The Threat of ISIS to US Troops
|✅ Paper Type: Free Essay||✅ Subject: Military|
|✅ Wordcount: 4462 words||✅ Published: 18th May 2020|
ISIS Terrorists Remain Problematic for U.S. Troops
Part 1 of this research paper will advise why ISIS suicide terrorists are still the most effective threat to U.S. troops and why it will remain a constant threat to U.S. troops throughout the world. This research paper advises about the attack in 1983 in Beirut, Lebanon against the U.S. Embassy, a deadly attack that killed four marines in Syria where they were eating dinner, and four military were wounded in Kabul about a vehicle collided into a NATO vehicle. In depth detail about why terrorists appeal to suicide bombing, why this strategy is so effective and the training that goes into becoming a suicide bomber. Reasoning like democracy, religion, family infrastructure and intelligence play such a huge role into suicide bombing. Part 2 of this research paper will conduct an analysis of one or more U.S. homeland security policies plus strategies and reasons why they were implemented due to ISIS. The policies consist of the Patriot Act, Transportation Security Administration and critical infrastructure being kept safe.
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There are many reasons why terrorists exist, in theory; it could be religion, political or just ignorance. However, terrorism exists for whatever the reason. While terrorism is nerve wrecking; most terrorist use a commonly known tactic when attacking U.S. troops; suicide bombing. For example, suicide bombers have been and will continue to be a threat to American troops throughout the world. Examples include one of the first attacks 1983 bombing of the U.S. Embassy in Lebanon, how four United States troops were wounded in Kabul after a bombing terrorist in a vehicle was targeting them, and more recently a deadly suicide attack on U.S. troops in northeastern Syria claimed by ISIS. This paper will prove that suicidal bombers has always and will always remain a threat to the United States troops security because it is a popular method of choice that terrorist groups pursue.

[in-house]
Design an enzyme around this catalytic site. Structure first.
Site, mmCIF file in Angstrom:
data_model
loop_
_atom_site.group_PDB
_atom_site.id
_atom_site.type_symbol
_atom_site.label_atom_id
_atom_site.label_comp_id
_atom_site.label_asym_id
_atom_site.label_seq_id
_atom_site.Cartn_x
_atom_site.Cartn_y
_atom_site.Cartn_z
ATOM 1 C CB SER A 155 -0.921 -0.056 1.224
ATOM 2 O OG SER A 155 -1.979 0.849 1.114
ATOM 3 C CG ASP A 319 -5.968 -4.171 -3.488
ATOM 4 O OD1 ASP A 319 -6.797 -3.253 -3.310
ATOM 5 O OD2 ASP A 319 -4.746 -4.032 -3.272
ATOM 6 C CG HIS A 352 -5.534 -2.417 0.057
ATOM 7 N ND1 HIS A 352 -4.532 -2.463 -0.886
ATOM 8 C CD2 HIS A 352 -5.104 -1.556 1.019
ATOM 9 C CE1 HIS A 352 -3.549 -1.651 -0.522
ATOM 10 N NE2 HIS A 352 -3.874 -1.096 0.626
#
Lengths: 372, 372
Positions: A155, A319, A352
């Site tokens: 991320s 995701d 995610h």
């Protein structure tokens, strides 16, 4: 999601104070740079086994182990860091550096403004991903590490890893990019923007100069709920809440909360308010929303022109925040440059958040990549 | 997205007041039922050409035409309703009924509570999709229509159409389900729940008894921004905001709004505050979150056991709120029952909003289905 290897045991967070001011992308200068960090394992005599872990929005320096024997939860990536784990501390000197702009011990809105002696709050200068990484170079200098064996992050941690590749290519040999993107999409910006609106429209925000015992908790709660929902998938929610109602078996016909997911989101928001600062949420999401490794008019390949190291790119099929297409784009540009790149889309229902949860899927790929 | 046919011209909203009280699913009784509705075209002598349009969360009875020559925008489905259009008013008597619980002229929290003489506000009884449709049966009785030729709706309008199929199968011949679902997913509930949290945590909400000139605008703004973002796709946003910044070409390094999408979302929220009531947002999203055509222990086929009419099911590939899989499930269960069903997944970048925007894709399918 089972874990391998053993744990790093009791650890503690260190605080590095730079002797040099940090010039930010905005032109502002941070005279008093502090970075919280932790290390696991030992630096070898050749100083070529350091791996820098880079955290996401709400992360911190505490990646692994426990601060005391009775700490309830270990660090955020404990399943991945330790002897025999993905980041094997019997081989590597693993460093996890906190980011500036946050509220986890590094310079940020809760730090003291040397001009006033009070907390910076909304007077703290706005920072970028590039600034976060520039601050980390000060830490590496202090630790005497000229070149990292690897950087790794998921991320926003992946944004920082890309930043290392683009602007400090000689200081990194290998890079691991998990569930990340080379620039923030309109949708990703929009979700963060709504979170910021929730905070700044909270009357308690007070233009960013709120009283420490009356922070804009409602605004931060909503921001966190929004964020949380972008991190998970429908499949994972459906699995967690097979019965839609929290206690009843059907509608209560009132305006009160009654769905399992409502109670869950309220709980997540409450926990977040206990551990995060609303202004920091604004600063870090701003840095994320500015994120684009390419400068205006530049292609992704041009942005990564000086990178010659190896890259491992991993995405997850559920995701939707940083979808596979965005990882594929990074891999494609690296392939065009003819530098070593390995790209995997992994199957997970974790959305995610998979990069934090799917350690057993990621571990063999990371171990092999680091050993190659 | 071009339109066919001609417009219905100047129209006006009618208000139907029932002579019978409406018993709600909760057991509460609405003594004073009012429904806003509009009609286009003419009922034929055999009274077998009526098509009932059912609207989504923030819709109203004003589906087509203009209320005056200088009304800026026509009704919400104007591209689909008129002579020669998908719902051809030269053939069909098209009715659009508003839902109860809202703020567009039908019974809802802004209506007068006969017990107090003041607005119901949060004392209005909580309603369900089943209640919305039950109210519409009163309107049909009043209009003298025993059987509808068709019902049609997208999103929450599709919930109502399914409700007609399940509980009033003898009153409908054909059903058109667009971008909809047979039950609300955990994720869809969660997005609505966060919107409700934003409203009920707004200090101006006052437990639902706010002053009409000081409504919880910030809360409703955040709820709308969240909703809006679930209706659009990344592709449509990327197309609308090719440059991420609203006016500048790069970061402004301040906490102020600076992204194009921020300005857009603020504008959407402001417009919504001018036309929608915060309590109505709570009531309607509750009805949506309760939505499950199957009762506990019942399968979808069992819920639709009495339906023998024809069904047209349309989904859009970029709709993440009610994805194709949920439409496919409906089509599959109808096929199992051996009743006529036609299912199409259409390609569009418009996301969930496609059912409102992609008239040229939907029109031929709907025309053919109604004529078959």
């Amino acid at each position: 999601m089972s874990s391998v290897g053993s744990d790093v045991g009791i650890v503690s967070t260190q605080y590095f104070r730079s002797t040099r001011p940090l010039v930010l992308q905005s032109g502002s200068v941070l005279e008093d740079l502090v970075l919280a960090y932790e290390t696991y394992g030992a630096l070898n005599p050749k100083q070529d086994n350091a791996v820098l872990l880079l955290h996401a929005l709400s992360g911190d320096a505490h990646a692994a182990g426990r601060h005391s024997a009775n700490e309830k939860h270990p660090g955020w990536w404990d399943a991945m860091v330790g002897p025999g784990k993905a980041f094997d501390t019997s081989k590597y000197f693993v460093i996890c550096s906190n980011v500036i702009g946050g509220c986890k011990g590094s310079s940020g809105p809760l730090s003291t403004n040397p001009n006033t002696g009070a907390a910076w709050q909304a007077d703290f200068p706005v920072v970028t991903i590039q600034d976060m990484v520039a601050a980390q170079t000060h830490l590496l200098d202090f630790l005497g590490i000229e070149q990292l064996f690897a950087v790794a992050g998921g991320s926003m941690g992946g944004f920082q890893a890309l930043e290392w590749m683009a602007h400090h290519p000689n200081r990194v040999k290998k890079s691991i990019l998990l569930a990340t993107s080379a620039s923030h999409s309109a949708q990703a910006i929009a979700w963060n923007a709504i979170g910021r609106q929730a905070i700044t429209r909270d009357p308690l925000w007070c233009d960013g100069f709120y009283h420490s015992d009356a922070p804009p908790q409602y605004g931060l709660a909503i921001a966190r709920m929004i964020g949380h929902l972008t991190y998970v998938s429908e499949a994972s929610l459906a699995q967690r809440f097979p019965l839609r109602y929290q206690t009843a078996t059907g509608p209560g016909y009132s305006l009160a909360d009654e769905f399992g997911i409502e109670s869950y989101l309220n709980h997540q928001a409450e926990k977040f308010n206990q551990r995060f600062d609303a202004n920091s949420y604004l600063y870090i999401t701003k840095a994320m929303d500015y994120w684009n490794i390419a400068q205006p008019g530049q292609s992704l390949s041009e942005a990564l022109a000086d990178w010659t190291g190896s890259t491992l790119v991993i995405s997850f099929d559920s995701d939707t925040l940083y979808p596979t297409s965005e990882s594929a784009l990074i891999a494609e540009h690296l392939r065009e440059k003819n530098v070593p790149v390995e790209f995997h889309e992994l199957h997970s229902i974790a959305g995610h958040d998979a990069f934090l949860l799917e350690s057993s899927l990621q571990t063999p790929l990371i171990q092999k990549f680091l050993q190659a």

Suicide terrorists will always be a threat to American troops throughout the world. History is evidence that suicidal bombing will continue in the future. In April 1983, a suicide bomber targeted the United States Embassy in Beirut, Lebanon. This was the first mass casualty that was carried out by a suicide bomber against a U.S Embassy. The terrorist was driving a van carrying explosives. The explosive killed 63 people which included 17 U.S. citizens/soldiers when it destroyed the front side of a seven-story building (Manaton, 2018). Later that year in October; a truck driver drove onto a compound in the Beirut International Airport and detonated explosives killing many U.S military. The death toll from this attack was “241 servicemen: 220 Marines, 18 Navy personnel, and 3 Army soldiers” (Manton, 2018). It still remains uncertain which organization is responsible for the bombings, however, a tiny group funded by Iran, named Hezbollah (Party of God) or Shiite terrorists are the perpetrators suspected (Morgenstern, 2006, p. 34).
A Taliban suicide bomber rammed a van into an armored NATO bus in Kabul in October 2011 killing Thirteen American troops. The armored vehicle as known as a Rhino, was between a convoy of resistant military vehicles travelling on a four-lane road frequently used by NATO forces in the south-west of the Afghan capital. The Taliban claimed responsibility for the attack along with a suicide bombing outside a government intelligence office. This attack occurred near the entrance of the American University. It was the deadliest single attack against the Westerners since the Taliban shot down a NATO helicopter on August 6 in an eastern Afghan province, killing 30 US troops – most of whom were elite Navy Seals – and eight Afghans (Leake, 2011, p. 50).
In January 2019, 4 Americans were killed in a restaurant located in Syria. A bomber entered a restaurant where the group of Americans were eating wearing an explosive vest. In this group, 2 were service members, 1 was a Pentagon civilian and a U.S government contractor. During this incident, three U.S. service members were wounded. This incident occurred because the Pentagon began withdrawing troops from Syria (Louisa & Missy, 2019). Officials said that a bomber had detonated a bomb while wearing an explosive vest as a group of Americans, which includes two service members, a Pentagon civilian and a U.S. contractor slain in the attack. They were meeting with local military officials at “a restaurant in the northern city of Manbij”. Three more servicemen were injured during this event too.